Western media outlets have done some important reporting in recent years, shining a light on the Chinese Communist Party's myriad human rights abuses. But there's another strain of journalism that glosses over these abuses and bizarrely lionizes the regime, too often buying into and promulgating Beijing's propaganda. Axios recently published a piece exploring how China "won" 2020. Answers may include unleashing a pandemic on the world, lying about it, using economic extortion to help cover it up, engaging in ethnic cleansing and forced labor at state-run concentration camps, and crushing democracy in violation of international law. China is not tired of "winning," it seems, and some journalists appear to be eager water-carriers. Then there's this offering from The Economist, which drew hackles across social media:
Was a Uighur slave forced to write this tweet after she was sterilized against her will? https://t.co/D0Y8IjZOvD— Guy Benson (@guypbenson) January 4, 2021
And here's the latest installment in the genre, via The New York Times:
My latest on how the pandemic has upended many perceptions, including ideas about freedom. Chinese don’t have freedom of speech, freedom of worship or freedom from fear, but they have the freedom to move around and lead a normal day-to-day life.— Li Yuan (@LiYuan6) January 5, 2021
This is simply untrue for the millions of religious and ethnic minorities facing repression, imprisonment, "re-education," torture and other outrages on a daily basis, at the hands of the CCP. But if you're a member of the favored Han majority and you don't poke your head up or demand certain basic rights, you can enjoy a "normal day-to-day life." Western journalists would never write puff pieces about, say, a US state that was rife with flagrant, government-sanctioned, systemic racism – yet this drivel appears in the supposed "paper of record." Presumably, zero "journalists" in the newsroom raged against this (or this or this), or declared themselves to have been made "unsafe" over these words? This silence is the ultimate revelation of true privilege, versus previous performative victimhood. Meanwhile, there's no "normal life" for a journalist who's been thrown behind bars for years for the crime of reporting the truth about what was happening in Wuhan. And there's even no "normal life" for a privileged state-sanctioned billionaire who dared to speak up critically, in favor of reforms:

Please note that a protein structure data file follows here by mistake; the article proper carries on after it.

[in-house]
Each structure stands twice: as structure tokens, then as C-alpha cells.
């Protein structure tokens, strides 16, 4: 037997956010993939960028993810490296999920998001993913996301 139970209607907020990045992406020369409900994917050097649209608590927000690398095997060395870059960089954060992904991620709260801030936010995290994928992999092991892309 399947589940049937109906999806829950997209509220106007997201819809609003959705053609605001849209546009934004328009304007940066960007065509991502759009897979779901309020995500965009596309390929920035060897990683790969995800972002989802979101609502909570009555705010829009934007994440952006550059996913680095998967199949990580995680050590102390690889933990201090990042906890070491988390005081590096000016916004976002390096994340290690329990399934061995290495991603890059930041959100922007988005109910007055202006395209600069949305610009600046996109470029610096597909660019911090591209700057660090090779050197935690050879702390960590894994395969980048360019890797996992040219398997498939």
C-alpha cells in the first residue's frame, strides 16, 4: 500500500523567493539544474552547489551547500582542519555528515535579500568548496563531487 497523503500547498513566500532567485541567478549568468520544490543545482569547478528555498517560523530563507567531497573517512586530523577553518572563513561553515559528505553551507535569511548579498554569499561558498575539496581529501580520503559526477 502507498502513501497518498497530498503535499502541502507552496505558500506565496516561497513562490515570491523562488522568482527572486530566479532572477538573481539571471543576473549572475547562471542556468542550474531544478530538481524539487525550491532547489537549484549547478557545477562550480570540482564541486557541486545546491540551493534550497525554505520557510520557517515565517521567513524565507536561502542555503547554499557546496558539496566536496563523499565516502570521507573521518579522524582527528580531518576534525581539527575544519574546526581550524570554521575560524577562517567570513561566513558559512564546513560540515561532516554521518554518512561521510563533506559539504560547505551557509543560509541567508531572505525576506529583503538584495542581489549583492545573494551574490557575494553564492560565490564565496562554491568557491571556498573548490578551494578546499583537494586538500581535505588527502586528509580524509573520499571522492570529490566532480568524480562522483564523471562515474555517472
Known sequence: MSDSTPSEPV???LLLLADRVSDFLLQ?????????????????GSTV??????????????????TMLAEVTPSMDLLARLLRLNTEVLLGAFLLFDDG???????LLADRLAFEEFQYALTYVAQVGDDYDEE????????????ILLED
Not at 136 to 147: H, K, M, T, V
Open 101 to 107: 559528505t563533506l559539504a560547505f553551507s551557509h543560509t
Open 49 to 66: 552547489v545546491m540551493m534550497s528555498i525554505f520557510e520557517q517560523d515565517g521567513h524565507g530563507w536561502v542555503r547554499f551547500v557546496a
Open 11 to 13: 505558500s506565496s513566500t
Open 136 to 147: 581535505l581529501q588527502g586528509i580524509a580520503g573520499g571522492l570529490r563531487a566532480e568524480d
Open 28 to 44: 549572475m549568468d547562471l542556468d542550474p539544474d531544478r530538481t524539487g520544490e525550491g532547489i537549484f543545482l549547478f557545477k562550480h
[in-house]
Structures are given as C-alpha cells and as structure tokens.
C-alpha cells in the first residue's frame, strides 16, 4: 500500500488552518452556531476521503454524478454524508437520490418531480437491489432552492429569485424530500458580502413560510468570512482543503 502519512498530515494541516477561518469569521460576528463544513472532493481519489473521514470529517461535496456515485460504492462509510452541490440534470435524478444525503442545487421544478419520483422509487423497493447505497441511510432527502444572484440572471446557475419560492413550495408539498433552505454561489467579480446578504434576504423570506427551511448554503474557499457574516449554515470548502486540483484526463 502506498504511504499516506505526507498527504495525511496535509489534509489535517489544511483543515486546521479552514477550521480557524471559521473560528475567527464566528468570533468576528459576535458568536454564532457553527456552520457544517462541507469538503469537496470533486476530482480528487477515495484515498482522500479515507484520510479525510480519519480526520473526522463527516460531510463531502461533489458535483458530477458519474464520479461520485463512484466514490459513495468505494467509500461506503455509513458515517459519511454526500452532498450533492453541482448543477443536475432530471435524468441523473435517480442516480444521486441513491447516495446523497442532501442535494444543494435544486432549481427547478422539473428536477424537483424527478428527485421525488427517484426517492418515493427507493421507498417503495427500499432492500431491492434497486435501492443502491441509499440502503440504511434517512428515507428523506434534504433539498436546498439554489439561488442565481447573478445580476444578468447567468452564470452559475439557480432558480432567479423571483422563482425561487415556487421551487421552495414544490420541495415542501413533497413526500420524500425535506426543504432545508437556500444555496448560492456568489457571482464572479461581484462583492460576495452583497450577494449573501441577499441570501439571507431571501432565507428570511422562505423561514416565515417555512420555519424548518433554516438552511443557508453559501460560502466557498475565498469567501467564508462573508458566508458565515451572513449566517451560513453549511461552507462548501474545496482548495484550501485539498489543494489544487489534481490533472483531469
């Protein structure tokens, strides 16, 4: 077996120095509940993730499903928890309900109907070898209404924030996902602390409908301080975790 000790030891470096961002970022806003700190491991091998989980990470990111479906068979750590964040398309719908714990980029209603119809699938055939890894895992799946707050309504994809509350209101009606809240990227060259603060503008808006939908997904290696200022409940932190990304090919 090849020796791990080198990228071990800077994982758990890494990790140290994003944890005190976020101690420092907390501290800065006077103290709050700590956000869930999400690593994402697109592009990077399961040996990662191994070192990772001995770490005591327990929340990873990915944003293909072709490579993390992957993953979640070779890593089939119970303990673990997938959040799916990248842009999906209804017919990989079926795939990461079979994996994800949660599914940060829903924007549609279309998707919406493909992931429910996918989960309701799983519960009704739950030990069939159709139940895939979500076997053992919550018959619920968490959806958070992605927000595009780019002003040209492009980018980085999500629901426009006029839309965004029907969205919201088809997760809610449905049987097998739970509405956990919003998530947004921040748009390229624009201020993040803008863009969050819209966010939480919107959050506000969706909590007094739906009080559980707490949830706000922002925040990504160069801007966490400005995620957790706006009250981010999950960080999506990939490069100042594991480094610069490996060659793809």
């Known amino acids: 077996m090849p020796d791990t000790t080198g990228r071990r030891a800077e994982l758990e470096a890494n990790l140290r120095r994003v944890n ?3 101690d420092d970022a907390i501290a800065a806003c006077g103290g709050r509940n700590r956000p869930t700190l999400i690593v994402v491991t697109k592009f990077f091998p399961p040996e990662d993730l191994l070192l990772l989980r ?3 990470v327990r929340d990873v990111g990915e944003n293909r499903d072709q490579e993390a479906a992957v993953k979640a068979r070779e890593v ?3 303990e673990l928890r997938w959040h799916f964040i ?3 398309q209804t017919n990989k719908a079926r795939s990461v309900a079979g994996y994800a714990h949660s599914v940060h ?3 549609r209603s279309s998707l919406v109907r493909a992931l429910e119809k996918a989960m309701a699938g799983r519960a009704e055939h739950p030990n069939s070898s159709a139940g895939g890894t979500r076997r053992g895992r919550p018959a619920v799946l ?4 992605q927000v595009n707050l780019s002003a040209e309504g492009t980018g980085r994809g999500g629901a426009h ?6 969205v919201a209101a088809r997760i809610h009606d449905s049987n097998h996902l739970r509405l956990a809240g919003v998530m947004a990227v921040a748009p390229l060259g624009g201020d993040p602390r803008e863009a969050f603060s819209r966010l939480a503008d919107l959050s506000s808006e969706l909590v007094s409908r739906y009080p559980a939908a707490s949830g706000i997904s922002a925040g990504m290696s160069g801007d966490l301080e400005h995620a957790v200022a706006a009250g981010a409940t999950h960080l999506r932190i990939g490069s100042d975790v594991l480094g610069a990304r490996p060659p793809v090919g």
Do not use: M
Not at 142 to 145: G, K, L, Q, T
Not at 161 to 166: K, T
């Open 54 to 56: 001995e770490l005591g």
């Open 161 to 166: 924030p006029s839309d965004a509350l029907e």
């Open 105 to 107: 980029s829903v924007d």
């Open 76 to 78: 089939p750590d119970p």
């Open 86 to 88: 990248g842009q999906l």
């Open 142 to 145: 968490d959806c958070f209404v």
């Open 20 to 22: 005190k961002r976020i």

Speculation has swirled around Chinese billionaire Jack Ma’s whereabouts after reports surfaced that the high-profile businessman has not made a public appearance in more than two months. The Alibaba founder also failed to appear as scheduled in the final episode of his own talent show, Africa’s Business Heroes, which gives budding African entrepreneurs the chance to compete for a slice of US $1.5 million. Ma was supposed to be part of the judging, but was replaced by an Alibaba executive in the November final, UK’s Telegraph reported. His picture was also taken off the website. An Alibaba spokesperson said Ma was unable to take part on the judging panel “due to a schedule conflict”, according to Financial Times. Ma’s business empire, Ant Group, has been under scrutiny by Beijing ever since Ma delivered a controversial speech in Shanghai on 24 October that criticised China’s regulation system for stifling innovation and likened global banking rules to an “old people’s club”.
Like medical personnel who became COVID whistleblowers, Ma abruptly ceased being seen in public. And he's not the first uber-rich Chinese tycoon to strangely disappear after speaking out against the CCP's governance (this man vanished in the spring, then re-emerged to be convicted on trumped-up charges months later):